Chemically-speaking, there is no difference between CBD derived from hemp and CBD derived from marijuana. A molecule doesn’t care where it hails from. But that’s only if you are dealing with pure CBD isolate. Historically, what has been more commonly available is CBD concentrate oil which retains a low double-digit percentage of non-CBD compounds. These are the oil’s origin story, and they can have serious effects on the human body. That’s why many cannabis devotees insist that marijuana-derived CBD is superior: it retains more of the helpful phytochemical complex that contributes to the Entourage Effect, while CBD derived from industrial hemp, typically grown for agricultural feed, is more likely to retain pesticides or compounds that aren’t useful. And it tastes like hay.
However, CBD concentrates sourced from industrial hemp can be an order of magnitude cheaper than their marijuana-derived counterparts. Origin might not make a difference if you are formulating a topical with strong scents and/or penetrants such as menthol or capsaicin. If CBD is one ingredient of many rather than the star of the show, hemp-derived sources can make a lot of sense. Full spectrum marijuana-derived CBD oil, often upheld as the gold standard of CBD concentrates, does not actually offer a taste advantage compared to industrial hemp-derived CBD oil; while it doesn’t taste like hay, it still tastes terrible. The compounds that improve the performance of cannabinoids have strong opinions of their own.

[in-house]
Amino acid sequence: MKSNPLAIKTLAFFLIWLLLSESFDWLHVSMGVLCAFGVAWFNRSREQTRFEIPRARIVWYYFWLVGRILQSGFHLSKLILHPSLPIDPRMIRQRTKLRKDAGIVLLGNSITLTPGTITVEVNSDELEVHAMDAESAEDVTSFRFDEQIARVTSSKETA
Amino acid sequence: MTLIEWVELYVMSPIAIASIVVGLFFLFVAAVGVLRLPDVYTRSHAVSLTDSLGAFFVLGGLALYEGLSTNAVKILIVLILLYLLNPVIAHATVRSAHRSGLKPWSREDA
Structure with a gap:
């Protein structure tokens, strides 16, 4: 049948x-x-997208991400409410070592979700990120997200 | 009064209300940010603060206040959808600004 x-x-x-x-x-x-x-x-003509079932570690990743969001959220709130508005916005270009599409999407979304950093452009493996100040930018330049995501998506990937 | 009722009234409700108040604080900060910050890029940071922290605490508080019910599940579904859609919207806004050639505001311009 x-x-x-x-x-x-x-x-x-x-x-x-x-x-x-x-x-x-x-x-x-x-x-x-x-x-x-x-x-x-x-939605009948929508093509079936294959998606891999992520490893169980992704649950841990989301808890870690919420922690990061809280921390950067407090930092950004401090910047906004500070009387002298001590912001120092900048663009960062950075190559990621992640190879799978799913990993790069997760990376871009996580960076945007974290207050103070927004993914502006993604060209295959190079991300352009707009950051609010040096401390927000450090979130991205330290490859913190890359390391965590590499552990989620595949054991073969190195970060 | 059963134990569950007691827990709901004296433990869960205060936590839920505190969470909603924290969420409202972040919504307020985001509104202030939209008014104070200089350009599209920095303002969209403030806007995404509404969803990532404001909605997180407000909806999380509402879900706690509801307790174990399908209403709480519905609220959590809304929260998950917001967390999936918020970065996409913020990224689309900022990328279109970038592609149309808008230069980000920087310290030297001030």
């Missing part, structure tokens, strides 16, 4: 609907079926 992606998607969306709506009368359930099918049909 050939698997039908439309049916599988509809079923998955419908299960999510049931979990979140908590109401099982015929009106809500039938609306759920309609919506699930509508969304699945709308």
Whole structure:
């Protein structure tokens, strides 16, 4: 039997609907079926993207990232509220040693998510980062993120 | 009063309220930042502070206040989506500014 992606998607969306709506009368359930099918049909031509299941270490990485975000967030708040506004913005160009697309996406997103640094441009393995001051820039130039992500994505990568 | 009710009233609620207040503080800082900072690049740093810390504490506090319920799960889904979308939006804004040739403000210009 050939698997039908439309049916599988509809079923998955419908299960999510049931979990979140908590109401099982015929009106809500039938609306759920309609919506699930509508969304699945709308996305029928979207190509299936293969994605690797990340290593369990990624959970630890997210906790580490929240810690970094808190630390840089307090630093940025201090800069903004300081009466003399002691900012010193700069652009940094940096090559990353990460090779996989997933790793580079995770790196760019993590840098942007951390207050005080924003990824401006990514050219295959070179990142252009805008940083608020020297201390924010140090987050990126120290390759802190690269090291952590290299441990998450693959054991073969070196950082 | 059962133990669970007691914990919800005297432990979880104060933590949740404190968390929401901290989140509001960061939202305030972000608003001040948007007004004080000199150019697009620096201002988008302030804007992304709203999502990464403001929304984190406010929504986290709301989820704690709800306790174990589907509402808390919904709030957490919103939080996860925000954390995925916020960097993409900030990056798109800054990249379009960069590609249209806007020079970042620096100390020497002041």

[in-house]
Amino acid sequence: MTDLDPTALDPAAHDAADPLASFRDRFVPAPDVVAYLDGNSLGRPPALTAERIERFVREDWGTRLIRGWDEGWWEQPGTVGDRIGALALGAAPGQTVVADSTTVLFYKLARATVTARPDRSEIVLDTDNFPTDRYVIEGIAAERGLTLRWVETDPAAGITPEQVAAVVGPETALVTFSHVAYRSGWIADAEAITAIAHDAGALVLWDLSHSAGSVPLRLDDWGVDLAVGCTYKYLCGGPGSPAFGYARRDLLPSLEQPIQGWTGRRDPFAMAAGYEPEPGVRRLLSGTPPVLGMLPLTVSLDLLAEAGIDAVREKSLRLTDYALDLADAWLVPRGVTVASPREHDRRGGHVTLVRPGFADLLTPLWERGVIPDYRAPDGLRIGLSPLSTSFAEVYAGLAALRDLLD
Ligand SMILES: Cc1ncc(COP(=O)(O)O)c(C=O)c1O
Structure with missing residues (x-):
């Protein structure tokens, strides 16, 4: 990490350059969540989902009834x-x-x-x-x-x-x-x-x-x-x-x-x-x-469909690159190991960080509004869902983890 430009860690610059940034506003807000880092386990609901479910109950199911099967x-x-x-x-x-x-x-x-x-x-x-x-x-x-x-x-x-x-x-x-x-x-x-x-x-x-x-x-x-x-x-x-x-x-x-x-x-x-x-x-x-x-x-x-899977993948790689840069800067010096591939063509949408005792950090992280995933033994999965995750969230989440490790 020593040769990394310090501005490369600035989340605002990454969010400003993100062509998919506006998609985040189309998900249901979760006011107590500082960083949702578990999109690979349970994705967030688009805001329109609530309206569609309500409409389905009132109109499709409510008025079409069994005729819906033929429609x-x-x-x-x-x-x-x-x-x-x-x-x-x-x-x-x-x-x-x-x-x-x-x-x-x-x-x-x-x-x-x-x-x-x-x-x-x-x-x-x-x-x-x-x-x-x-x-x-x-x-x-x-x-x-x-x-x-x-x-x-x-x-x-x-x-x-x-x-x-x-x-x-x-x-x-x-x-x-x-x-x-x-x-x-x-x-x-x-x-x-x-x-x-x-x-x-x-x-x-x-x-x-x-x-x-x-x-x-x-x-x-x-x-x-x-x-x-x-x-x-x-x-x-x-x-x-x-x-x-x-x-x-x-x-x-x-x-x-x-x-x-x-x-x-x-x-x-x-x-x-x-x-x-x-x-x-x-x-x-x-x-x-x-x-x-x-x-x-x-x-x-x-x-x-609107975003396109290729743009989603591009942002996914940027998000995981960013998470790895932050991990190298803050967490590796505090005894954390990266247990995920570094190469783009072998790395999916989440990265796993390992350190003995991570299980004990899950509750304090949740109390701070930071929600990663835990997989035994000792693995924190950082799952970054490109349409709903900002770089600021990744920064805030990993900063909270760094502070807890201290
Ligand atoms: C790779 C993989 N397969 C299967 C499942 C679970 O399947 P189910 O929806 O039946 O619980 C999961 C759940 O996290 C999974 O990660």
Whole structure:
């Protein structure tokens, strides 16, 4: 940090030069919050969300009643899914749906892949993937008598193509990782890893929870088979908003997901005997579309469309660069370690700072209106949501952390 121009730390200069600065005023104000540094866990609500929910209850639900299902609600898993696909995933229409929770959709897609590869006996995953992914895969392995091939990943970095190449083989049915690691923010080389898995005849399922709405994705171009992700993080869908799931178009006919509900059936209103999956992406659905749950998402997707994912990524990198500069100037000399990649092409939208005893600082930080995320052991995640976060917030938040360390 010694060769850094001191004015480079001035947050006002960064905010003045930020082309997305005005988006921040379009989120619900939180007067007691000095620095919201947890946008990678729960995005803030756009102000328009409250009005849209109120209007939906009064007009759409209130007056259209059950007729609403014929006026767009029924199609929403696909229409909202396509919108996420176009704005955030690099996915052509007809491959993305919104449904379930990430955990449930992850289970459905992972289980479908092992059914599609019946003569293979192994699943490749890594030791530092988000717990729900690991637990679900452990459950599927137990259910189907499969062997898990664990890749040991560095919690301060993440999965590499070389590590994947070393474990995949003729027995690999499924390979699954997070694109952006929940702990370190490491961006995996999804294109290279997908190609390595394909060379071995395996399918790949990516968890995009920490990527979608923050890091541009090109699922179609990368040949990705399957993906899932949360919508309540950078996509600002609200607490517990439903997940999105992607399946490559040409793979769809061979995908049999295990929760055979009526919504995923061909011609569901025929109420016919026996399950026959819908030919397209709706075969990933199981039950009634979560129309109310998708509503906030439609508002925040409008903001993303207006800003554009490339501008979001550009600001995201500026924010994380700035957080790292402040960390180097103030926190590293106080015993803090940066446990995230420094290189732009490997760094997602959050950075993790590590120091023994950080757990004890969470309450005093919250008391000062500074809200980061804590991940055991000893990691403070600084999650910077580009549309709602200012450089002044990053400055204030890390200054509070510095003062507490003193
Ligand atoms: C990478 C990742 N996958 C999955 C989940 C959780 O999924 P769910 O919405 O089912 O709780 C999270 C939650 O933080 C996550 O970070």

Some companies even have their own farms, allowing them to oversee the entire seed-to-sale process. CBD concentrates from these farms contain fewer pesticide residues because CBD is the goal rather than a something extracted from a waste product. This can keep both costs and undesirable residues down, but it’s not a feasible option for most startups. Every company has to weigh the cost and benefits of these sourcing options and make decisions based on their priorities and means.